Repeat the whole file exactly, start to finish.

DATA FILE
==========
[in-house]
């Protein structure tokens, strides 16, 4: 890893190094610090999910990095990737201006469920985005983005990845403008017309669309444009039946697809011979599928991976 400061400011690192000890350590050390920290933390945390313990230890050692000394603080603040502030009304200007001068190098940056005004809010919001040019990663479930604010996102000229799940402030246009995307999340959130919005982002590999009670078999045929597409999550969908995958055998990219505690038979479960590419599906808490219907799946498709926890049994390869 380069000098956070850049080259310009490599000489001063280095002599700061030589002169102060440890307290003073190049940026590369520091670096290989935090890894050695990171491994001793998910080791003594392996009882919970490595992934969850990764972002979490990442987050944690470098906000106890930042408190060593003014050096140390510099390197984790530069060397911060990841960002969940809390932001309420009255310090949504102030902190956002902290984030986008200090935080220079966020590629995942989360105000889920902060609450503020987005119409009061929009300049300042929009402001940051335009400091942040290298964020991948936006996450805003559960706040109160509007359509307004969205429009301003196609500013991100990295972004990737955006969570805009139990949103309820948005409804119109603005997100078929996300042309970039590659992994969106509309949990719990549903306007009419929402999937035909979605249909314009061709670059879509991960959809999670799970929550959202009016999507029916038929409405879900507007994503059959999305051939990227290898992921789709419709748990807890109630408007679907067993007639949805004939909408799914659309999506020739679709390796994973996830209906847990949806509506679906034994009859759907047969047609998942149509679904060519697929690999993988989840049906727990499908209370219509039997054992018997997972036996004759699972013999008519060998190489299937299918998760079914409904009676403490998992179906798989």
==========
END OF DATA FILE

[in-house]
């Protein structure tokens, strides 16, 4: 890893190094610090999910990095990737201006469920985005983005990845403008017309669309444009039946697809011979599928991976 400061400011690192000890350590050390920290933390945390313990230890050692000394603080603040502030009304200007001068190098940056005004809010919001040019990663479930604010996102000229799940402030246009995307999340959130919005982002590999009670078999045929597409999550969908995958055998990219505690038979479960590419599906808490219907799946498709926890049994390869 380069000098956070850049080259310009490599000489001063280095002599700061030589002169102060440890307290003073190049940026590369520091670096290989935090890894050695990171491994001793998910080791003594392996009882919970490595992934969850990764972002979490990442987050944690470098906000106890930042408190060593003014050096140390510099390197984790530069060397911060990841960002969940809390932001309420009255310090949504102030902190956002902290984030986008200090935080220079966020590629995942989360105000889920902060609450503020987005119409009061929009300049300042929009402001940051335009400091942040290298964020991948936006996450805003559960706040109160509007359509307004969205429009301003196609500013991100990295972004990737955006969570805009139990949103309820948005409804119109603005997100078929996300042309970039590659992994969106509309949990719990549903306007009419929402999937035909979605249909314009061709670059879509991960959809999670799970929550959202009016999507029916038929409405879900507007994503059959999305051939990227290898992921789709419709748990807890109630408007679907067993007639949805004939909408799914659309999506020739679709390796994973996830209906847990949806509506679906034994009859759907047969047609998942149509679904060519697929690999993988989840049906727990499908209370219509039997054992018997997972036996004759699972013999008519060998190489299937299918998760079914409904009676403490998992179906798989």